As part of the lawsuit, the companies allege that Google and Facebook colluded to maximize Google and Facebook’s take-home of advertising revenue (at the expense of local publishers).

This comes on the backs of another lawsuit from publishers with respect to Google AMP, which we got an unredacted look at in October 2021.

If you’ve been building websites for a while now, you probably remember the massive push to adopt Google’s AMP framework around 2016.

AMP content was supposed to load faster on mobile, thanks to a stripped-down code base and caching on Google’s servers.

Google also gave AMP content special placement in the mobile SERPs, as your site needed to be using AMP to show up in the “Stories” section. Side note – this is no longer the case, in part because of what I’ll discuss below.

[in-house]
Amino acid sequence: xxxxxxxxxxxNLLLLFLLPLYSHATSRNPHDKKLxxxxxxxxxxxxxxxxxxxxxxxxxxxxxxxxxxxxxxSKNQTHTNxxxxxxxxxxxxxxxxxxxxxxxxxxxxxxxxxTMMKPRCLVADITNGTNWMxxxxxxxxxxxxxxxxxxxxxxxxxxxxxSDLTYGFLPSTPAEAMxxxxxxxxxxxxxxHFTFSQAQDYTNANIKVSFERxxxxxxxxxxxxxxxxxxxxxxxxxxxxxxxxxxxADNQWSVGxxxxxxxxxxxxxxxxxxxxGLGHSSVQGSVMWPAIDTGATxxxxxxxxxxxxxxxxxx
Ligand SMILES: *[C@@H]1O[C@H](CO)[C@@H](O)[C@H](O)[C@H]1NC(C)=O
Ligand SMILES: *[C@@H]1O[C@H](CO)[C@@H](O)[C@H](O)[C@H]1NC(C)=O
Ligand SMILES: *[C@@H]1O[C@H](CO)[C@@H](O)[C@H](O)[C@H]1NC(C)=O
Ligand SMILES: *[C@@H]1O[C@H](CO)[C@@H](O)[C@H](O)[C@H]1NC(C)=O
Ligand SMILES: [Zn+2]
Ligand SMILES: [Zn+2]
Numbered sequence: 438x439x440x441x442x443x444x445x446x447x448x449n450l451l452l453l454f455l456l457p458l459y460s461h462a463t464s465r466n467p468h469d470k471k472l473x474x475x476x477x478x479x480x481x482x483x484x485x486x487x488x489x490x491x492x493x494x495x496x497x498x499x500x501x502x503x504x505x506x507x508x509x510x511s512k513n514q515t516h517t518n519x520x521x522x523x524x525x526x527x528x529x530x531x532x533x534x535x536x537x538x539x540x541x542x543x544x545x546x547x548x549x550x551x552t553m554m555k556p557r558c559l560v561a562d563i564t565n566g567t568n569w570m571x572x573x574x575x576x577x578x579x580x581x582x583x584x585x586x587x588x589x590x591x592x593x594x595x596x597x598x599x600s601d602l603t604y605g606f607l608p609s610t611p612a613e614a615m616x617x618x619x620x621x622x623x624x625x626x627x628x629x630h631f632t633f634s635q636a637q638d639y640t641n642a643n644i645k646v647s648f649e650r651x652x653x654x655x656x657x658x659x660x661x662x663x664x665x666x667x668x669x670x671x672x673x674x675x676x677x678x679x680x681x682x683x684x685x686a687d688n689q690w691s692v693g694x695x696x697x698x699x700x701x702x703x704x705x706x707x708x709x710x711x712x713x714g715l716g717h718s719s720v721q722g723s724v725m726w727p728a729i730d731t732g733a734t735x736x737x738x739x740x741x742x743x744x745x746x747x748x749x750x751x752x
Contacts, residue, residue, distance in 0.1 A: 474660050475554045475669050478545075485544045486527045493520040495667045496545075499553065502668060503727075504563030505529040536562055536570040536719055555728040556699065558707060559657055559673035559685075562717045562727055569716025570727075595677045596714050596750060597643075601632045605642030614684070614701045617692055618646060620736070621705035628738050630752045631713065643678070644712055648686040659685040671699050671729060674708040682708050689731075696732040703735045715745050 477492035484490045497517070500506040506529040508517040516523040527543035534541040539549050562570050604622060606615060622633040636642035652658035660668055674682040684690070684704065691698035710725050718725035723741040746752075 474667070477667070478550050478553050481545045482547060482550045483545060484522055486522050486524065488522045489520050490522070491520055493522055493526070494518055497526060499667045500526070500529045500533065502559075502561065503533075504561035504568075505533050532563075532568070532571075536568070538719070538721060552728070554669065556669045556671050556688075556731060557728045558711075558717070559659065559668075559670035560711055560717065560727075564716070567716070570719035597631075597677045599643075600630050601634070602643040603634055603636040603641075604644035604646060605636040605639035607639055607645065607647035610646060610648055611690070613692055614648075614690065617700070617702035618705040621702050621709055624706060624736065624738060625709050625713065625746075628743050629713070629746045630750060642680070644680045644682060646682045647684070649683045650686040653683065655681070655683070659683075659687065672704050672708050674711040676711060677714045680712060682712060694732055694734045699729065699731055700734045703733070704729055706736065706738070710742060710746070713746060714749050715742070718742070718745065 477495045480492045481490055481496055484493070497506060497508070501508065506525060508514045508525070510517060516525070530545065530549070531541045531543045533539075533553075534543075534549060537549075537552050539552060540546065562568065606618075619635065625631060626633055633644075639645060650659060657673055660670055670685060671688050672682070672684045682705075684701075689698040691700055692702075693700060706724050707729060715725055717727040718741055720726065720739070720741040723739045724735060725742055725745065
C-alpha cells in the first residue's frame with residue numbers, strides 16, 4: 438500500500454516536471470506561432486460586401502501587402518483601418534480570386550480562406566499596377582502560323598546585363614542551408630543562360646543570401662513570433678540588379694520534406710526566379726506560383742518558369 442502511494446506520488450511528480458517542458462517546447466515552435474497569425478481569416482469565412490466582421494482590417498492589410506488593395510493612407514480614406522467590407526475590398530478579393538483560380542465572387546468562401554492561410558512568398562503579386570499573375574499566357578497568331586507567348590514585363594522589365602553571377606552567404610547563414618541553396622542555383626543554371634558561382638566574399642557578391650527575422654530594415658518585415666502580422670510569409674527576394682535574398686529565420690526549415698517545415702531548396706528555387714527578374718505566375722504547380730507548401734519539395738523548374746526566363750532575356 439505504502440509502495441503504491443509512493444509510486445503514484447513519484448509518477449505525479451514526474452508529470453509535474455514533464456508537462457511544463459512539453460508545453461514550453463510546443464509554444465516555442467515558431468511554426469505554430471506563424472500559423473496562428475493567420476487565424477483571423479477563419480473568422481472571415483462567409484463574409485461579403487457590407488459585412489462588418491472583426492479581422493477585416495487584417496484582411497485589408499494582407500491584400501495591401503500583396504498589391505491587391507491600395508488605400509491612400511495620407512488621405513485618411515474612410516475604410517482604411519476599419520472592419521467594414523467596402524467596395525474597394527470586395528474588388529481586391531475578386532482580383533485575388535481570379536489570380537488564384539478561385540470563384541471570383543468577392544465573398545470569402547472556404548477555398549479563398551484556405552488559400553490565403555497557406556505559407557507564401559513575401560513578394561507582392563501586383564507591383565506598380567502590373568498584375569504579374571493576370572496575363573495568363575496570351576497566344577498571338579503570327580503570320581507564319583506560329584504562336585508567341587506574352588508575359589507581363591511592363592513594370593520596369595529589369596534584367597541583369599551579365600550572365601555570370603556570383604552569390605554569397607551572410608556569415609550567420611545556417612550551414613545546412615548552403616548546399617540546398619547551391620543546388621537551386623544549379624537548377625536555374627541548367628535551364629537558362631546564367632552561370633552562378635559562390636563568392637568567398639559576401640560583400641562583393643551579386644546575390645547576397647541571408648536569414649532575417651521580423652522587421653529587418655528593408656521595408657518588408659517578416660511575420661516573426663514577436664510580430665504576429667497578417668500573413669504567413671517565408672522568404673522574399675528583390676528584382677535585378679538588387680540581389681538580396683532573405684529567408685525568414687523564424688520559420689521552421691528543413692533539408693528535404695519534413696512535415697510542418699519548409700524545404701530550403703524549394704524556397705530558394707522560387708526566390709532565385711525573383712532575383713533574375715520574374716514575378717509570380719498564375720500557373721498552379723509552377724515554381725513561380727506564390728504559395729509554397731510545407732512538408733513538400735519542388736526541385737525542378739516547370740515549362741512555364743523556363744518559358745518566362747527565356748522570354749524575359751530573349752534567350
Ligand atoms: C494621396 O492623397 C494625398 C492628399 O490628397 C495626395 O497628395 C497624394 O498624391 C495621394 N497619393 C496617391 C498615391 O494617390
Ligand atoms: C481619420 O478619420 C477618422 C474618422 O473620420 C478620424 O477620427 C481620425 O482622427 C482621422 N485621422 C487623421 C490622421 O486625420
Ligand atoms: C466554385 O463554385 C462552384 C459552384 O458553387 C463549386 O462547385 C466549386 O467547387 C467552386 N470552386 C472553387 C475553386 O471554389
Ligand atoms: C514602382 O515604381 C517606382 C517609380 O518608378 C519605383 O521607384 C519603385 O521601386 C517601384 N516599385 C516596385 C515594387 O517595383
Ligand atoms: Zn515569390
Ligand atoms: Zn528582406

Because of this push, a lot of publishers did adopt AMP…and now they also aren’t happy with Google, in large part because of details such as Google’s knowledge that publishers using AMP were getting ~40% less revenue and that AMP might not have actually made things faster (and that Google might have actively throttled non-AMP content).

Put these cases together and you can definitely notice a trend of publishers pushing back against large tech corporations. This is especially true of local media publishers, who are in tough straights with the shift to the digital economy.

Are these the last gasps of a slowly dying industry or will we see meaningful reforms over how large tech companies interact with media publishers? Well, I guess we’ll find out when we see how the lawsuits go.

Amazon retires Alexa for good…No – not that Alexa